As cars become smartphones, Big Auto turns to handset chipmaker to survive
After Tesla transformed the car into a smartphone on wheels, automakers lagging behind are now turning to a mobile handset chip provider to help narrow the widening technology gap.
Semiconductor designer Qualcomm inked further deals with a number of auto brands including Volvo and Honda this week that will serve the growing demand by drivers to enjoy the kind of seamless connectivity they know from their Samsung Galaxy S21 when in their cars.
In the past, automakers were all too loath to reveal who provided parts for their vehicles. The growing importance of chipmakers, however, has upended the traditional industry pecking order. Overarching trends have catapulted semiconductor companies to the top of the food chain—making them a strategic partner to car companies rather than just a bottom-tier supplier.
Qualcomm chief executive Cristiano Amon told attendees at the Consumer Electronics Show (CES) that his company was simply applying the “same recipe” that saw it succeed in smartphones in order to build up a pipeline of deals worth some $13 billion even before it launched its first acquisition.
“There is no bigger disruption from a technology standpoint than automotive, when compared to every other industry,” the CEO said this week. “The car has been completely transformed—the experience of owning and driving a car is different. The relationship between car companies with their customers is different.”
The global semiconductor shortage has highlighted the importance of chips in keeping automotive assembly lines running. Yet Tesla has been able to skirt the chip crunch and grow volumes 87% last year by relying on advanced processors that centralize a vehicle’s computing power rather than distribute it among a large array of commodity microcontrollers using proven and robust yet obsolete circuitry.
It is precisely because of this approach that Tesla has pioneered the ability to improve a car’s performance and range, and unlock fun new features like video games and other Easter eggs, via over-the-air firmware updates, years ahead of its competition.
Converging in the cockpit
Elon Musk’s success has proved that telematics, infotainment, and advanced self-driving features are becoming every bit as important to car buyers in the future as horsepower and torque, if not more. It’s even prompting some consumer electronics groups like Sony to now consider building cars.
Qualcomm refers to these three rapidly developing disciplines collectively as a car’s “digital chassis,” the electronic equivalent to its mechanical counterpart underpinning the vehicle. Together they combine to enhance a consumer’s overall user experience, or UX, when driving.
“We strongly believe the digital chassis is the element of [competitive] differentiation for the architecture of a car in the future,” Qualcomm Europe boss Enrico Salvatori told reporters this week.
Whether it is the augmented-reality driver head-up display in the Volkswagen ID.4, the organically shaped Hyperscreen that stretches across the entire dashboard of the Mercedes-Benz EQS sedan, or the powerful central display in a Tesla Model S Plaid, information is being relayed to a car’s users in increasingly innovative ways. These in turn demand increasingly complex processors to power them.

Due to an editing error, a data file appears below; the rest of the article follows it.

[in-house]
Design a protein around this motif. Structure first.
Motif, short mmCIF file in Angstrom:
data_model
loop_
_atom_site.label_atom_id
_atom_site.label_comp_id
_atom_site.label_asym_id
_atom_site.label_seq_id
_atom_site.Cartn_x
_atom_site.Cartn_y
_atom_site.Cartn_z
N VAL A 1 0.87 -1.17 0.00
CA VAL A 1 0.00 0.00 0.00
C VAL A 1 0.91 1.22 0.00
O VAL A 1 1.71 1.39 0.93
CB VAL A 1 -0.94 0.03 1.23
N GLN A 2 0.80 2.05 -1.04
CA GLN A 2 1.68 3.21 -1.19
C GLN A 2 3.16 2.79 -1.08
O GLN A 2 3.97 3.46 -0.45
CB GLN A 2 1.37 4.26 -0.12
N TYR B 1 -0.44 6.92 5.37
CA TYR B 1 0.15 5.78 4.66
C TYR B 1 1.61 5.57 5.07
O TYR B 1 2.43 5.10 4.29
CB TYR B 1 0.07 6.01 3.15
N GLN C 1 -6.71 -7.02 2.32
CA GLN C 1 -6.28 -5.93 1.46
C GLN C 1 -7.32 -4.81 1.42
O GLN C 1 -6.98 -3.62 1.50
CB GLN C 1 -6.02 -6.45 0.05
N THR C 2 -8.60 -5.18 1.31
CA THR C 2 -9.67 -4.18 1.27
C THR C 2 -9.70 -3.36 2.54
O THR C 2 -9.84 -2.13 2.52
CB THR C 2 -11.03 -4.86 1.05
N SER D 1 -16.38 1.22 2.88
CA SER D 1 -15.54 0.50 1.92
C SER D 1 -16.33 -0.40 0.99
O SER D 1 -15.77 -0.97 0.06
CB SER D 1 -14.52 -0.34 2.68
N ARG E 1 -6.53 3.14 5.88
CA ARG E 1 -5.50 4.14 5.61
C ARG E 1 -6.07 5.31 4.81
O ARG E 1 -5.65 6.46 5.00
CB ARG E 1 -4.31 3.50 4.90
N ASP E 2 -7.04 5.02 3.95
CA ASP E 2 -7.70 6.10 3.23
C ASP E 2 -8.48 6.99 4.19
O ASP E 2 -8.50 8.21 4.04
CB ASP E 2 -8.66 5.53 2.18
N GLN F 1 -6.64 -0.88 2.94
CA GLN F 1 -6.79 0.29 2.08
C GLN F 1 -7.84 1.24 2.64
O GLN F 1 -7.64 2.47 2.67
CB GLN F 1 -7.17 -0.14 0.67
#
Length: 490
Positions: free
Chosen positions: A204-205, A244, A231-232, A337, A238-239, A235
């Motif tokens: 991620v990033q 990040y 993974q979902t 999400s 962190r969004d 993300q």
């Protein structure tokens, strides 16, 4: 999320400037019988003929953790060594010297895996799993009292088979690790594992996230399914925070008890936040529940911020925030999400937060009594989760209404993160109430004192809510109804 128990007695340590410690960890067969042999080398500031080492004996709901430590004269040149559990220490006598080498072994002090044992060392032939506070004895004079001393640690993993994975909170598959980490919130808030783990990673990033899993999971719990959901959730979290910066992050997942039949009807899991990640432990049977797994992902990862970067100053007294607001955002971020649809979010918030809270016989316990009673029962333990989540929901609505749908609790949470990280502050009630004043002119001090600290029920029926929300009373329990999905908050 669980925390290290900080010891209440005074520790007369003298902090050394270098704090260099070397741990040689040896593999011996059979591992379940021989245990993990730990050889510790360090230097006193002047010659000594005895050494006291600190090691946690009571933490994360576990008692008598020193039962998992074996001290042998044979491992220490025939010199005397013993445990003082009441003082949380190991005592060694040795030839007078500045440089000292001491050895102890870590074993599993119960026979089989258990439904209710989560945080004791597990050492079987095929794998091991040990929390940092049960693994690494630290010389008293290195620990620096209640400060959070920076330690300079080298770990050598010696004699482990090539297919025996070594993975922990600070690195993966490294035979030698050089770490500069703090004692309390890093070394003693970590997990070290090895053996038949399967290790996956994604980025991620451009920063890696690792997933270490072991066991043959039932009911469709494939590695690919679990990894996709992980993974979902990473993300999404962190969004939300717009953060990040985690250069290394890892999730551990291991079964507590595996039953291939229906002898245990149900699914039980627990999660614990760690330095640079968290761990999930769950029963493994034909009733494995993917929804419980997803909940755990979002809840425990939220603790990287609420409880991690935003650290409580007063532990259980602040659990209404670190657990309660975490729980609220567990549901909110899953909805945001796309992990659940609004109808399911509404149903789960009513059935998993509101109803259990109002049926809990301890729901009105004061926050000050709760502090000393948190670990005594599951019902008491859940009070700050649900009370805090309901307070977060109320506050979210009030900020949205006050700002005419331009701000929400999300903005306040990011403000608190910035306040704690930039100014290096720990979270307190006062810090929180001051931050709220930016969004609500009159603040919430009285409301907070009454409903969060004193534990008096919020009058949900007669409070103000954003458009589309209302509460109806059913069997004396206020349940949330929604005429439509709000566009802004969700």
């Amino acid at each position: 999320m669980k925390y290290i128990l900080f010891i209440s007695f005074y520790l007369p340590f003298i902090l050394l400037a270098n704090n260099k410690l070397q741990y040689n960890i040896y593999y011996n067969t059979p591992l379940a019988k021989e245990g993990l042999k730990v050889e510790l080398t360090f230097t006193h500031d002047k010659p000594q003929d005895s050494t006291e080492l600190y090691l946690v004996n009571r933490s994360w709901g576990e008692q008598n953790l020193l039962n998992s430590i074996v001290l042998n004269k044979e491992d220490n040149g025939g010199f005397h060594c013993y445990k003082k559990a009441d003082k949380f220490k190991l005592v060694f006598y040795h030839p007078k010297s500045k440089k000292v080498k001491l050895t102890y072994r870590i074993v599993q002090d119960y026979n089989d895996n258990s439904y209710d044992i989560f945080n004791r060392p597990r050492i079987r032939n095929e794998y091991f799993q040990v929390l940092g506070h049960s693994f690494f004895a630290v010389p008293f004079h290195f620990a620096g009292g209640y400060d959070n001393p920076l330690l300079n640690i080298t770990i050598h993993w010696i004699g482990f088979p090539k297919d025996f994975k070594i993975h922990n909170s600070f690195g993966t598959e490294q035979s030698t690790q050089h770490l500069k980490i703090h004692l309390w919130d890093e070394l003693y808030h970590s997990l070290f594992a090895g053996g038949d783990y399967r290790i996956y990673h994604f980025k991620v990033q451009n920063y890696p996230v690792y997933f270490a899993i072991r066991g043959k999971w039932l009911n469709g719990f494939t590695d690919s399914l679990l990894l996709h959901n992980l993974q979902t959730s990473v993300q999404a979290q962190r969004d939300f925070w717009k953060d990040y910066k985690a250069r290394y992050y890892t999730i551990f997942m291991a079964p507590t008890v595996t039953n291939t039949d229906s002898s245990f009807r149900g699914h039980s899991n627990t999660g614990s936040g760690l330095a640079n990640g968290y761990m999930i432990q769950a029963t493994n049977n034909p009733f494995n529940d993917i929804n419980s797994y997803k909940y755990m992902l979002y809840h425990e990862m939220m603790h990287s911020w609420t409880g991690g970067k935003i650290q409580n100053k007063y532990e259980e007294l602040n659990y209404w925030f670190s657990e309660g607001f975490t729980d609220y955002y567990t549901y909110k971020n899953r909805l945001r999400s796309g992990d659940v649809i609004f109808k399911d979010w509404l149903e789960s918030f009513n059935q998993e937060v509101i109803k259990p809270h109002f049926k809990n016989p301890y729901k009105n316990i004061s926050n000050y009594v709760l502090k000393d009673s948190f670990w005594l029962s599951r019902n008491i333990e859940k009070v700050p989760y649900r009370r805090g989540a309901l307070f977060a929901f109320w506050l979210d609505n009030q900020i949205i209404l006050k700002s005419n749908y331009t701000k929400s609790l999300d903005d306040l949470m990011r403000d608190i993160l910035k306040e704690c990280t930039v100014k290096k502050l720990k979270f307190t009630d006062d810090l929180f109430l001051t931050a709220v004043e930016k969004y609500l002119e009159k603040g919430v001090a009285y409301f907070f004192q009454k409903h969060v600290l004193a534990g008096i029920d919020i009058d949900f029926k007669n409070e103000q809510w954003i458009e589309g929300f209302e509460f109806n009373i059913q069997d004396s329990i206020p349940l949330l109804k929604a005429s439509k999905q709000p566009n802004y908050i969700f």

Volvo and its affiliated performance brand Polestar have now agreed to use the third generation of Qualcomm’s Snapdragon Cockpit in their upcoming electric vehicles to create a more appealing experience that can compete with that delivered by Tesla.
By properly conveying data in an easy and intuitive manner, automakers and their chip partners can also aid drivers in their decision-making process and improve traffic safety.
“Cars are getting more connected, there is more sensors, more information being collected and presented to the users,” said Thomas Stovicek, head of UX at Volvo Cars. “All of this is coming together at a converging point for the user within the cockpit.”
Power of a Sony PlayStation
Legacy carmakers have a lot of catching up to do, though. Most affordable cars come standard with old-school instrument clusters rather than digital ones. For Porsche it’s even by design: Each combustion engine car they build comes with at least an analog tachometer gauge so drivers can see the needle spin when the motor revs.
Tesla’s latest infotainment system known as MCU3 meanwhile features silky smooth and ultrafast responsiveness to touch-screen commands. In upgrading to next-generation hardware, Musk opted to swap out the previous, slower Intel Atom processor in favor of a Ryzen Embedded chip from rival semiconductor supplier AMD. This endows the MCU3 with computing power roughly equivalent to Sony’s newest PlayStation 5 gaming console.
French carmaker Renault didn’t need any further convincing that its range required a major overhaul in dashboard technology. It had already begun sourcing Qualcomm’s third-gen Snapdragon Cockpit infotainment chips for its new compact electric hatchback, the Mégane E-Tech, before signing up for a new deal with the chipmaker.
Renault plans to roll out the full portfolio of Qualcomm’s automotive semiconductors across its entire lineup, including the Snapdragon Ride advanced driver assistance processor, in a deal that will see the first vehicles launch in early 2026. (General Motors also said this week it would purchase self-driving chips from the company for its upcoming Cadillac Celestiq.)
“Today’s automotive landscape is evolving more rapidly than ever; the automotive experience is increasingly digital,” Renault Group CEO Luca de Meo explained at this week’s CES. “So keeping up with our customer expectations requires working closely with top tech companies like Qualcomm.”
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